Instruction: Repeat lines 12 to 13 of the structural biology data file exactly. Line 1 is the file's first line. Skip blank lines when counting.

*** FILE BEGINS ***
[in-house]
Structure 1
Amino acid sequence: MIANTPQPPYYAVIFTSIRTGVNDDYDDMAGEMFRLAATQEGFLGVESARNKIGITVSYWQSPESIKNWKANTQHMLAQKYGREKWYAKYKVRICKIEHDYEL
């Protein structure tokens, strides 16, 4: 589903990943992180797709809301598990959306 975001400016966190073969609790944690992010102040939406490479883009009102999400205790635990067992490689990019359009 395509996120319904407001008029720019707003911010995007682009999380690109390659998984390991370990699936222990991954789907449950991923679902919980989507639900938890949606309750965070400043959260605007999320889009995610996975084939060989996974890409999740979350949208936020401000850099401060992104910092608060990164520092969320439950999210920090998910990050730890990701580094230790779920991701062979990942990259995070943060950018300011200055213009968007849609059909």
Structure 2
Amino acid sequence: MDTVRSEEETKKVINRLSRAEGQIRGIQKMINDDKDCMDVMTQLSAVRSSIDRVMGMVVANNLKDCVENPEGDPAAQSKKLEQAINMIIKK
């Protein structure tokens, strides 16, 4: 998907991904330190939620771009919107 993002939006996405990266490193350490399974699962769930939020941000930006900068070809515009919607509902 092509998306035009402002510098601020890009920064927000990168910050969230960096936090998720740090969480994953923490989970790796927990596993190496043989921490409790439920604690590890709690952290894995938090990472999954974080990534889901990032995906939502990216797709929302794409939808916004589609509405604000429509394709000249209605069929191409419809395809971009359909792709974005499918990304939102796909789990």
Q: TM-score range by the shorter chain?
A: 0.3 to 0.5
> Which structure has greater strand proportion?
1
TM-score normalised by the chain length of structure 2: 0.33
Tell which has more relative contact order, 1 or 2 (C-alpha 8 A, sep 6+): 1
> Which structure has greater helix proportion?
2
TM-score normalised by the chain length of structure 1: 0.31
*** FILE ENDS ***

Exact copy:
TM-score normalised by the chain length of structure 2: 0.33
Tell which has more relative contact order, 1 or 2 (C-alpha 8 A, sep 6+): 1